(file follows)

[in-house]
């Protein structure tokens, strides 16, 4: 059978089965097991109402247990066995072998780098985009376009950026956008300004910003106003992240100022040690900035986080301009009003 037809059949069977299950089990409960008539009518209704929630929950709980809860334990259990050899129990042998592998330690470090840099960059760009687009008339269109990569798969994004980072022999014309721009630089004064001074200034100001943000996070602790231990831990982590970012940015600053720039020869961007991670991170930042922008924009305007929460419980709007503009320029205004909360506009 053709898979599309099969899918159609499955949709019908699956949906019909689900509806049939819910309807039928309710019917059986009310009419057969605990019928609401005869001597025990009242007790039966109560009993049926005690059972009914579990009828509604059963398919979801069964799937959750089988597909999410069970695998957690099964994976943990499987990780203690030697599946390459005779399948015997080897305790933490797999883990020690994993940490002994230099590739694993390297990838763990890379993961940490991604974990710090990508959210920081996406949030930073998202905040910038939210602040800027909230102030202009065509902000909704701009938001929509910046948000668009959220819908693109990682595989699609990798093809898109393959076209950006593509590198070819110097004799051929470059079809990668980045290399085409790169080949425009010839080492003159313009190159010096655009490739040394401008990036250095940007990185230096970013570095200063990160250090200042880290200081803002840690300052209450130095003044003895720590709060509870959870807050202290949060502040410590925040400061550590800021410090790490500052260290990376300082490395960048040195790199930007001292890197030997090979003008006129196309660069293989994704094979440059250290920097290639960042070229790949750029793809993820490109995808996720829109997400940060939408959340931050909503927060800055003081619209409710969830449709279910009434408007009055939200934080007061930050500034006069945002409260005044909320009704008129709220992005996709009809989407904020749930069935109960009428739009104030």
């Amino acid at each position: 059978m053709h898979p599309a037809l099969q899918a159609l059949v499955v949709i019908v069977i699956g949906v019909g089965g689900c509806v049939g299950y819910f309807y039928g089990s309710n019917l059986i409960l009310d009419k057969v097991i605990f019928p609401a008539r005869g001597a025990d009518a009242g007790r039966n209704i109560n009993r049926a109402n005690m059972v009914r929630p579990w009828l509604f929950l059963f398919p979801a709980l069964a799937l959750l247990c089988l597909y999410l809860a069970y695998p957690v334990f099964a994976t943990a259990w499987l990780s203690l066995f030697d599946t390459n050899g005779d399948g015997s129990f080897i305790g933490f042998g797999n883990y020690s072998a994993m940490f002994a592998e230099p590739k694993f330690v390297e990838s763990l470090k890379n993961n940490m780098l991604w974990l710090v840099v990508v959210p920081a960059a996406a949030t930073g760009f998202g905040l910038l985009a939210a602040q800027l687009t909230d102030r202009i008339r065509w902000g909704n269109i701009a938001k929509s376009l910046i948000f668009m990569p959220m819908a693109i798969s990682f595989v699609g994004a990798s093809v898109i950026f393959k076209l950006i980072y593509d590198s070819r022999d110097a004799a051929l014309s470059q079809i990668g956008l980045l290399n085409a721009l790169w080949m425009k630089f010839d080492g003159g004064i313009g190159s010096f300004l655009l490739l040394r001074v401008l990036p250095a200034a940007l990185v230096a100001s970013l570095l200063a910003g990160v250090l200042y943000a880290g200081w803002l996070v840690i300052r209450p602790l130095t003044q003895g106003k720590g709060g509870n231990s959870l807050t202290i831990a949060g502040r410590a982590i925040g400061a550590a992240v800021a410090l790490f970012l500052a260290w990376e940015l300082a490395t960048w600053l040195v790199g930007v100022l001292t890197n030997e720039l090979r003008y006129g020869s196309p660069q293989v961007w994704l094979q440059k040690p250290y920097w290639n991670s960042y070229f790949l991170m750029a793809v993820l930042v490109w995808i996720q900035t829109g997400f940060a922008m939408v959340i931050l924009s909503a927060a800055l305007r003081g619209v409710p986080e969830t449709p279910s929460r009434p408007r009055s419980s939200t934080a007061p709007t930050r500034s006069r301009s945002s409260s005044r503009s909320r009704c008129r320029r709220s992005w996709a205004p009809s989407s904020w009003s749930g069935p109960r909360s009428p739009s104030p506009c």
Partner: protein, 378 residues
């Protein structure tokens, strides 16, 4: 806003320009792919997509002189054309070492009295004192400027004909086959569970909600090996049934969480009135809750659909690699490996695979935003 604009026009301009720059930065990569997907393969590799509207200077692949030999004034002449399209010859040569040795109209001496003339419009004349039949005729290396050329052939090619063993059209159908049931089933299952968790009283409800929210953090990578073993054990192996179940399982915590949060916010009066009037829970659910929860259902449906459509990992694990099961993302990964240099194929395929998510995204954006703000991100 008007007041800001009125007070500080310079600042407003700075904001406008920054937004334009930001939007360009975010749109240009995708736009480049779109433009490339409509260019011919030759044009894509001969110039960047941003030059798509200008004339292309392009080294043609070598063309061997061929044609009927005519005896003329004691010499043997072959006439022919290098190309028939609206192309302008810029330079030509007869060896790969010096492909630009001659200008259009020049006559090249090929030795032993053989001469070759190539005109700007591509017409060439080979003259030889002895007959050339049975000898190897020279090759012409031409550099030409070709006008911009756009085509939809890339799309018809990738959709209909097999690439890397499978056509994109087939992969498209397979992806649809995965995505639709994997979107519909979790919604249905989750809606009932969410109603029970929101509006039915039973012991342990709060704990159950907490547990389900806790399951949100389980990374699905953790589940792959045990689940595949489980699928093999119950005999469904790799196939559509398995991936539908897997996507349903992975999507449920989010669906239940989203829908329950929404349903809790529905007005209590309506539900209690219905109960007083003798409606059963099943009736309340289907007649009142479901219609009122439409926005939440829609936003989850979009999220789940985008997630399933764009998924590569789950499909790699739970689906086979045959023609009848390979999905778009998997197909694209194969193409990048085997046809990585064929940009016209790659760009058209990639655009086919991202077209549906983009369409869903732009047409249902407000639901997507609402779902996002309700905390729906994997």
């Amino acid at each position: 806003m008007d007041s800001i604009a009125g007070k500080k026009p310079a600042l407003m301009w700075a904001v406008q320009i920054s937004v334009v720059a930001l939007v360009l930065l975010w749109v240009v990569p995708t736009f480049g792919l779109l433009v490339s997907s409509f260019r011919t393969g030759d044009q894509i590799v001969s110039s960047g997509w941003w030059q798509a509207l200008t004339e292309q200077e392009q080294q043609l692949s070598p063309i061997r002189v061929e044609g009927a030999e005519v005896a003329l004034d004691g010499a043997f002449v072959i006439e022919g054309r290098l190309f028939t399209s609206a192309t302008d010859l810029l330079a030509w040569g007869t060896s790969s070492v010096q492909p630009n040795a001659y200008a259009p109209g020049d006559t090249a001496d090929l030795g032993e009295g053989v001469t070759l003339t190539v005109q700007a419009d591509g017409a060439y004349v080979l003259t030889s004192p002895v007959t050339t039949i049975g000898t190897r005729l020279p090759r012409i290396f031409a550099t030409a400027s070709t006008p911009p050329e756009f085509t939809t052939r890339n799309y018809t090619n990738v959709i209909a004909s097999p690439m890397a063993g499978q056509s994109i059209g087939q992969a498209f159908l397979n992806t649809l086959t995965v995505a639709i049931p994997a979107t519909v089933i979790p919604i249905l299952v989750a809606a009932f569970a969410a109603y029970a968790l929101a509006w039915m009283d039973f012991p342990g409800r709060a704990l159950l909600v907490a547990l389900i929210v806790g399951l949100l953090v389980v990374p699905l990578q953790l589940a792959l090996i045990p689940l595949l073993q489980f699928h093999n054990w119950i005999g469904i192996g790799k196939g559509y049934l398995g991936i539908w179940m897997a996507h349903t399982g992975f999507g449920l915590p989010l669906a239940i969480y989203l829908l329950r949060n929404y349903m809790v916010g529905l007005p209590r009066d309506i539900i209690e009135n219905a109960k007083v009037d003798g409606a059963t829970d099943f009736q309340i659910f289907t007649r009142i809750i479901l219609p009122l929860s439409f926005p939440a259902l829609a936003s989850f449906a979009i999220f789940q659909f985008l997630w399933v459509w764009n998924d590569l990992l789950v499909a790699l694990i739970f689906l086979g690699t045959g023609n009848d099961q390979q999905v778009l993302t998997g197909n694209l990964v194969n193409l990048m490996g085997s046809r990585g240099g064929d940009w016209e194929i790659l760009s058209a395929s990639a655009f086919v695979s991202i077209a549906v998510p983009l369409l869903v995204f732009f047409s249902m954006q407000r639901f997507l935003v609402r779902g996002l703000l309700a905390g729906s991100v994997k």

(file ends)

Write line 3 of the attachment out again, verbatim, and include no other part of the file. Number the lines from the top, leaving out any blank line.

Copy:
């Amino acid at each position: 059978m053709h898979p599309a037809l099969q899918a159609l059949v499955v949709i019908v069977i699956g949906v019909g089965g689900c509806v049939g299950y819910f309807y039928g089990s309710n019917l059986i409960l009310d009419k057969v097991i605990f019928p609401a008539r005869g001597a025990d009518a009242g007790r039966n209704i109560n009993r049926a109402n005690m059972v009914r929630p579990w009828l509604f929950l059963f398919p979801a709980l069964a799937l959750l247990c089988l597909y999410l809860a069970y695998p957690v334990f099964a994976t943990a259990w499987l990780s203690l066995f030697d599946t390459n050899g005779d399948g015997s129990f080897i305790g933490f042998g797999n883990y020690s072998a994993m940490f002994a592998e230099p590739k694993f330690v390297e990838s763990l470090k890379n993961n940490m780098l991604w974990l710090v840099v990508v959210p920081a960059a996406a949030t930073g760009f998202g905040l910038l985009a939210a602040q800027l687009t909230d102030r202009i008339r065509w902000g909704n269109i701009a938001k929509s376009l910046i948000f668009m990569p959220m819908a693109i798969s990682f595989v699609g994004a990798s093809v898109i950026f393959k076209l950006i980072y593509d590198s070819r022999d110097a004799a051929l014309s470059q079809i990668g956008l980045l290399n085409a721009l790169w080949m425009k630089f010839d080492g003159g004064i313009g190159s010096f300004l655009l490739l040394r001074v401008l990036p250095a200034a940007l990185v230096a100001s970013l570095l200063a910003g990160v250090l200042y943000a880290g200081w803002l996070v840690i300052r209450p602790l130095t003044q003895g106003k720590g709060g509870n231990s959870l807050t202290i831990a949060g502040r410590a982590i925040g400061a550590a992240v800021a410090l790490f970012l500052a260290w990376e940015l300082a490395t960048w600053l040195v790199g930007v100022l001292t890197n030997e720039l090979r003008y006129g020869s196309p660069q293989v961007w994704l094979q440059k040690p250290y920097w290639n991670s960042y070229f790949l991170m750029a793809v993820l930042v490109w995808i996720q900035t829109g997400f940060a922008m939408v959340i931050l924009s909503a927060a800055l305007r003081g619209v409710p986080e969830t449709p279910s929460r009434p408007r009055s419980s939200t934080a007061p709007t930050r500034s006069r301009s945002s409260s005044r503009s909320r009704c008129r320029r709220s992005w996709a205004p009809s989407s904020w009003s749930g069935p109960r909360s009428p739009s104030p506009c």